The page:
The United Nations Foundation and Devex (Development Expertise) ran a campaign in December 2011 to devise innovative ways to finance international development. A variety of ways to raise funds and to help countries take charge of their own development were explored. The idea that particularly appealed to me was the public-private partnership. Don’t just give money, invest. Investing provides knowledge and jobs. In turn, jobs pay salaries which will be spent locally thus stimulating the economy. An additional benefit is that it will have a positive impact on people’s pride and confidence. The challenge, however, is the economic and financial risks of investing in developing countries. Any investment may be lost. Then again, money given directly to charity gives you a nice and fuzzy feeling, a tax benefit, but in the end you equally have nothing to show for it. Providing the same tax benefit for investment as for charitable giving may perhaps take away some of the hesitation associated with political, economic and financial instability.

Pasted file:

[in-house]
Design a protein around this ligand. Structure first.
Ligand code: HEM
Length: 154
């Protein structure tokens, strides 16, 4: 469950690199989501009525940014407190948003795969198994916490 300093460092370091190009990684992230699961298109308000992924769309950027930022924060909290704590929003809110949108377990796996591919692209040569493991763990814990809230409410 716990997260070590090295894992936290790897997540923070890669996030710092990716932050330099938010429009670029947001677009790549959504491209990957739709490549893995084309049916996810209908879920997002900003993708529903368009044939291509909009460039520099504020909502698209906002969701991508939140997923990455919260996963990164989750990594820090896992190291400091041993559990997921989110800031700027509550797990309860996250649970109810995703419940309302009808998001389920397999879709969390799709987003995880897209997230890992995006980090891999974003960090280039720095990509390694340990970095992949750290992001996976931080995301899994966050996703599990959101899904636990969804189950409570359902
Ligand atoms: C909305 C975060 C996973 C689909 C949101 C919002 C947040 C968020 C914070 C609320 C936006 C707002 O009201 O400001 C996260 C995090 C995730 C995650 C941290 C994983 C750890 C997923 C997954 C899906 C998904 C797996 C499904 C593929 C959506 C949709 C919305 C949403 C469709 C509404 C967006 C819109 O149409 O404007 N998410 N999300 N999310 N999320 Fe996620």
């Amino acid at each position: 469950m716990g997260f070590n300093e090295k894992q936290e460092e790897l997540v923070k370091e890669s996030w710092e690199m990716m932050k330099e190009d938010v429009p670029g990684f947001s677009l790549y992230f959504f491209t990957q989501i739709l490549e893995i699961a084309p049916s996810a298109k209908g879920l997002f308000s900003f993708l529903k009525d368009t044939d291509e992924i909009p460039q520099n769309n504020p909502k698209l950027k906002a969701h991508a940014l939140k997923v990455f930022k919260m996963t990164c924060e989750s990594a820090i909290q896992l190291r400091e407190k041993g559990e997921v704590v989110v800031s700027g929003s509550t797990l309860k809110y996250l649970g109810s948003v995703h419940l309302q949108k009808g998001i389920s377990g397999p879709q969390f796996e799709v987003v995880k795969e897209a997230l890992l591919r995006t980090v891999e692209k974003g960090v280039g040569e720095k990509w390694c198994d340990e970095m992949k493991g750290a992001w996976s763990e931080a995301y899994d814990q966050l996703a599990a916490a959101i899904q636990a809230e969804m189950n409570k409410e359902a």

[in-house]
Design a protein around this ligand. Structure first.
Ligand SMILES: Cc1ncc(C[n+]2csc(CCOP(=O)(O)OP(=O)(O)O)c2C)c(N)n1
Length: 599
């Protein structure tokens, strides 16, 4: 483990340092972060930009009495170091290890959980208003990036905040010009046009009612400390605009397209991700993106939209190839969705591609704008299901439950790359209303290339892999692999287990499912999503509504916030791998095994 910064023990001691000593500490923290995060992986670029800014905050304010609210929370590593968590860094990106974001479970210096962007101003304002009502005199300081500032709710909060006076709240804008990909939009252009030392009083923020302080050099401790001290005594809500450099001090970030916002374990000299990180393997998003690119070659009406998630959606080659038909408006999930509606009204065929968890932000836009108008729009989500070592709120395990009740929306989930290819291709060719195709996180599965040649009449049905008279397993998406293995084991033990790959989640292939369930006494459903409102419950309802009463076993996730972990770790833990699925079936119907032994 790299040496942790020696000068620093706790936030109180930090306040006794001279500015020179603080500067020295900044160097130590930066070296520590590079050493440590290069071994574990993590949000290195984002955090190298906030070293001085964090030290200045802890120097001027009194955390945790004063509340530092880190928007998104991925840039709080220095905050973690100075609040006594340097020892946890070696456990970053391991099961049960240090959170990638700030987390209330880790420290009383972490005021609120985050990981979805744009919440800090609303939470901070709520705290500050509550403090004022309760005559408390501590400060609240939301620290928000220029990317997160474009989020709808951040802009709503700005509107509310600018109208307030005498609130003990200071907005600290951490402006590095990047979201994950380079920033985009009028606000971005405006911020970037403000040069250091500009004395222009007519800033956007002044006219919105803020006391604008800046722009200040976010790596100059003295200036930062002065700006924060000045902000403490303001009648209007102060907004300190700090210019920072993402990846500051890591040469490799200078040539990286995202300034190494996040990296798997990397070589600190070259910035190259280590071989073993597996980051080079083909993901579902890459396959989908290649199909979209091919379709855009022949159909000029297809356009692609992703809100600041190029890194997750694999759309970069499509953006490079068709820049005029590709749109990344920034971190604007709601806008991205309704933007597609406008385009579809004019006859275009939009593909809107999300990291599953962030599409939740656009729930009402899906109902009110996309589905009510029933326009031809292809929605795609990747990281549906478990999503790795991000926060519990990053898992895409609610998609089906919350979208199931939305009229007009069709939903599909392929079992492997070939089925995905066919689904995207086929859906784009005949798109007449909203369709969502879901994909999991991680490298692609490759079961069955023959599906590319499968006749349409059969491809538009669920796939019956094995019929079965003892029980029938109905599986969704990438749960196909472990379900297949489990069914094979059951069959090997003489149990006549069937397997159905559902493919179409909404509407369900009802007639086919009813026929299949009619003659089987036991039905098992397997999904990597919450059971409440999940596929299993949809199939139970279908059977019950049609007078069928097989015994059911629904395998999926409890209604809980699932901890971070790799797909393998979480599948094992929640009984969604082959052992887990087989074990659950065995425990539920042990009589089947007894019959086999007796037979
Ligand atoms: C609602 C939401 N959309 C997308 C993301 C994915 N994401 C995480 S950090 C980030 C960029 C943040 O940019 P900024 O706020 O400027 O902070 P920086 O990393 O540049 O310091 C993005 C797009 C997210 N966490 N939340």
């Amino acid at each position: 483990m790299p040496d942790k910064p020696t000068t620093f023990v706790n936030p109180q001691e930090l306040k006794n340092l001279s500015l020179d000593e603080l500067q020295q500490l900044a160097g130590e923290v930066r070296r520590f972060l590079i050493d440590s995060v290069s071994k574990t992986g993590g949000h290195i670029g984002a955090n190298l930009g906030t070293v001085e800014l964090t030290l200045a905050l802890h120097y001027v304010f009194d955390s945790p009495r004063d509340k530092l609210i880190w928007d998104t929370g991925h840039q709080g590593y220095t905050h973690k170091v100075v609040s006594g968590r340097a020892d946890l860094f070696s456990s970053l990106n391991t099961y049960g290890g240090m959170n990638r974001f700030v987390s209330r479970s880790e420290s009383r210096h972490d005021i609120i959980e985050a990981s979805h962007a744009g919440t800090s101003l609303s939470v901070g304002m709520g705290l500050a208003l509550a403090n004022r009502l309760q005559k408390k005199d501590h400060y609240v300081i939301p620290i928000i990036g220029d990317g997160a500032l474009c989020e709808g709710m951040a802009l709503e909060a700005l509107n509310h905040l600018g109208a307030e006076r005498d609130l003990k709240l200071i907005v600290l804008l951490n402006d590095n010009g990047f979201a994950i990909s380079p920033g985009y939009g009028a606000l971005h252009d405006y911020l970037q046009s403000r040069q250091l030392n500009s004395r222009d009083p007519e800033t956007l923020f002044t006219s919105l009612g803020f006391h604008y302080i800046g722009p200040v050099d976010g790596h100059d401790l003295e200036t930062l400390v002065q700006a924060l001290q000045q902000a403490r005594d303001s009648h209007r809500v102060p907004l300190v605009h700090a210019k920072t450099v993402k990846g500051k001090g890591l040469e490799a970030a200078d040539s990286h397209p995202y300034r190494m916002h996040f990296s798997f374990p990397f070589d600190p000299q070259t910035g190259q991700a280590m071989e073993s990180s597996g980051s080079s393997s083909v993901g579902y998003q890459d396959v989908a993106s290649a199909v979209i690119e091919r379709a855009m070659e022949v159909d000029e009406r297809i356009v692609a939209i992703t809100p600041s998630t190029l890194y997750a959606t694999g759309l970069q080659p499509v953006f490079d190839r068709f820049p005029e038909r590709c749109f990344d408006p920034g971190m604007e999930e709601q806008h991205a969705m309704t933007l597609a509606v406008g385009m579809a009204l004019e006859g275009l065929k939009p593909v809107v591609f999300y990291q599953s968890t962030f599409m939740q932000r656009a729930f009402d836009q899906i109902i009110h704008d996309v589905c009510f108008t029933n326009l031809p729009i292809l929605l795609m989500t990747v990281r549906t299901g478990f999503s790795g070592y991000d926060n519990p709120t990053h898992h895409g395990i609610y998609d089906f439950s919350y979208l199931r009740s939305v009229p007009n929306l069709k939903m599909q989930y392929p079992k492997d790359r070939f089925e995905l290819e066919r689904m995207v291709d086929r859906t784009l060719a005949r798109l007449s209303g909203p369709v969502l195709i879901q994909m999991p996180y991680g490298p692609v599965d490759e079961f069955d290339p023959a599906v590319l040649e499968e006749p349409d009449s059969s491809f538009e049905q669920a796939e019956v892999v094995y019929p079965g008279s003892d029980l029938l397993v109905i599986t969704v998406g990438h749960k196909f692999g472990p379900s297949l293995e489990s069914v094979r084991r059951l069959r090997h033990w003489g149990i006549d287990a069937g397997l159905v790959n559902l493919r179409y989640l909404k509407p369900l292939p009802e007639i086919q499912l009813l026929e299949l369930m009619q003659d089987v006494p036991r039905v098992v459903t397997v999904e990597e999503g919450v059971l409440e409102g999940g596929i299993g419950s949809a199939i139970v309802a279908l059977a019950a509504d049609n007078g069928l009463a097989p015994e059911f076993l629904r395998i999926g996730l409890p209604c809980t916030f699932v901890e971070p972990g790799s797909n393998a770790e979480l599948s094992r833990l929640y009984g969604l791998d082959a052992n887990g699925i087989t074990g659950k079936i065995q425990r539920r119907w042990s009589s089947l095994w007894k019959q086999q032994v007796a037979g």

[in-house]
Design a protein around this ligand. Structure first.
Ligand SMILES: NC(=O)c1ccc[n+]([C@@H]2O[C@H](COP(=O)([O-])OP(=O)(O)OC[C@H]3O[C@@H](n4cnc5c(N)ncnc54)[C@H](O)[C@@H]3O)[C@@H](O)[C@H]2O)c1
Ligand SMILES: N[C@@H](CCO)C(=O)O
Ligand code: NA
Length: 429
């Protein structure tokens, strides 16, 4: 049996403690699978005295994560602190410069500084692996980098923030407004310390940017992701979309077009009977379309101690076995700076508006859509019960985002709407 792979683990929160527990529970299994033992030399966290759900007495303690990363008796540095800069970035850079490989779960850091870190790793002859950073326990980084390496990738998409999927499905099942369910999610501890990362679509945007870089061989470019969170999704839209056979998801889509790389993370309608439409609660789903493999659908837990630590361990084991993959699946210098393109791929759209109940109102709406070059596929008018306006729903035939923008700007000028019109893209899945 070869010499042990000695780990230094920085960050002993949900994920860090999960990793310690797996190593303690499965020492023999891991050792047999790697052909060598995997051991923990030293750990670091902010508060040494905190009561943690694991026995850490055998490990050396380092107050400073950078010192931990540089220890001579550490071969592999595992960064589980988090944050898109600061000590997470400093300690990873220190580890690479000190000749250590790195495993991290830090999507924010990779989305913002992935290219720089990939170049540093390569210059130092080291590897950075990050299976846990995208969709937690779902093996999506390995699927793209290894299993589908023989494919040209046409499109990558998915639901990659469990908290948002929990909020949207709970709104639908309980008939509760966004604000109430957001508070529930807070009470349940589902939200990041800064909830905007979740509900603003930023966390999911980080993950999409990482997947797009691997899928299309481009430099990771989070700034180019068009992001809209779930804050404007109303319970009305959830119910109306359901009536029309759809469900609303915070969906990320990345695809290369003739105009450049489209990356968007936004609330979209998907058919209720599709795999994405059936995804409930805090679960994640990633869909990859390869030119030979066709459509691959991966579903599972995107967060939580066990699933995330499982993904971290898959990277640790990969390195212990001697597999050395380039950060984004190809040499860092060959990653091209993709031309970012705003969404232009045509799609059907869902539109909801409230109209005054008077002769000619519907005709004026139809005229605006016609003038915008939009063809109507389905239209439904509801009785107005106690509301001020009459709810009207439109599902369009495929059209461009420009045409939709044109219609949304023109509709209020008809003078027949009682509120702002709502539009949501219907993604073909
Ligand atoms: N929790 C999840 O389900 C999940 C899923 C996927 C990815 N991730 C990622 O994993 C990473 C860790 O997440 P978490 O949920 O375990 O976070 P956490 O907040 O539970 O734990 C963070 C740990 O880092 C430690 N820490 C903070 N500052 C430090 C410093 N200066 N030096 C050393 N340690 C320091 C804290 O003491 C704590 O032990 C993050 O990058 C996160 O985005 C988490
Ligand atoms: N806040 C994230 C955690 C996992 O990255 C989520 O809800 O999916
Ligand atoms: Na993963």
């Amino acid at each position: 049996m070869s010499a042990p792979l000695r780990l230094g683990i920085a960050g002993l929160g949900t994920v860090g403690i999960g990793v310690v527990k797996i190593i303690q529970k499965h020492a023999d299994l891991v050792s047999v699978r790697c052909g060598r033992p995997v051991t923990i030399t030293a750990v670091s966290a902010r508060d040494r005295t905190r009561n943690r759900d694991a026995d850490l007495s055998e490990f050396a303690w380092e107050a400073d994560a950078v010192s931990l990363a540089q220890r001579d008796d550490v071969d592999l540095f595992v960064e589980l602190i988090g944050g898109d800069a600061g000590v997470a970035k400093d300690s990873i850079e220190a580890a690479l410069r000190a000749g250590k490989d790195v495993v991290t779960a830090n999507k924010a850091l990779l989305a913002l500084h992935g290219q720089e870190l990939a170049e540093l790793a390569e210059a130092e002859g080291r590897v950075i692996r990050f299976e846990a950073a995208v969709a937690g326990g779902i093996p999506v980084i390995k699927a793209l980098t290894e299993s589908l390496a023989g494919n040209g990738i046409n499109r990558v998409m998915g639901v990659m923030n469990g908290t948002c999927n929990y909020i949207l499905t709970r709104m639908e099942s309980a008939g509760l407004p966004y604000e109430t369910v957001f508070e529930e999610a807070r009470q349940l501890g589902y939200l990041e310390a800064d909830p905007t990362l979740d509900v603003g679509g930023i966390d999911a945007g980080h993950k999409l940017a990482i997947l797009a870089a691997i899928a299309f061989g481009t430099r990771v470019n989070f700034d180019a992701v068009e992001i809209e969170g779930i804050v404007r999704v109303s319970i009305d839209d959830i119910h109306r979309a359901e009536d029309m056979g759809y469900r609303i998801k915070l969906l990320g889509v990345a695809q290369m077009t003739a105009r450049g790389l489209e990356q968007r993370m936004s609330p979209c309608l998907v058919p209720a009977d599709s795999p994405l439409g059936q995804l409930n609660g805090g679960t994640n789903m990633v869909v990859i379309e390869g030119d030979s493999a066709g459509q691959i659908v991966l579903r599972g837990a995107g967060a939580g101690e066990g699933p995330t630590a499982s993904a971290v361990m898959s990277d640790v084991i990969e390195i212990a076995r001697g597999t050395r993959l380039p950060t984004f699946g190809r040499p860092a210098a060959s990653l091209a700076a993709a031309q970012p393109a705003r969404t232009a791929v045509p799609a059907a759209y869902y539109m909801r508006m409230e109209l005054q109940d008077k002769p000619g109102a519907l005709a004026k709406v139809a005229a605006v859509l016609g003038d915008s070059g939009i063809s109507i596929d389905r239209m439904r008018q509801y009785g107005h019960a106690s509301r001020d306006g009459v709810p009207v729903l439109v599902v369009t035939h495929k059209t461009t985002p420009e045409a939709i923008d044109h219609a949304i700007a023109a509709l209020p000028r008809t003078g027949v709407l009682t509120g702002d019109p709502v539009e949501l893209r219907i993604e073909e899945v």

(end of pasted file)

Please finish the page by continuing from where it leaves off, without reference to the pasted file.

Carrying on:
It might just work, although the way Kenya seems to go about this may not be the best example. With a third of the population facing famine due to insufficient food production they leased large amounts of agricultural land to foreign governments in return for the building of a port so close to the border with Somalia that it is safe to say that no captain in his right mind will be sailing into that port voluntarily. Makes me wonder who is the beneficiary of this or am I being a little too cynical?
So, now that we have established how it doesn’t work, let’s focus on how it may work. Anyone interested in a good investment opportunity?
Dr Natalie Schoon, CFA
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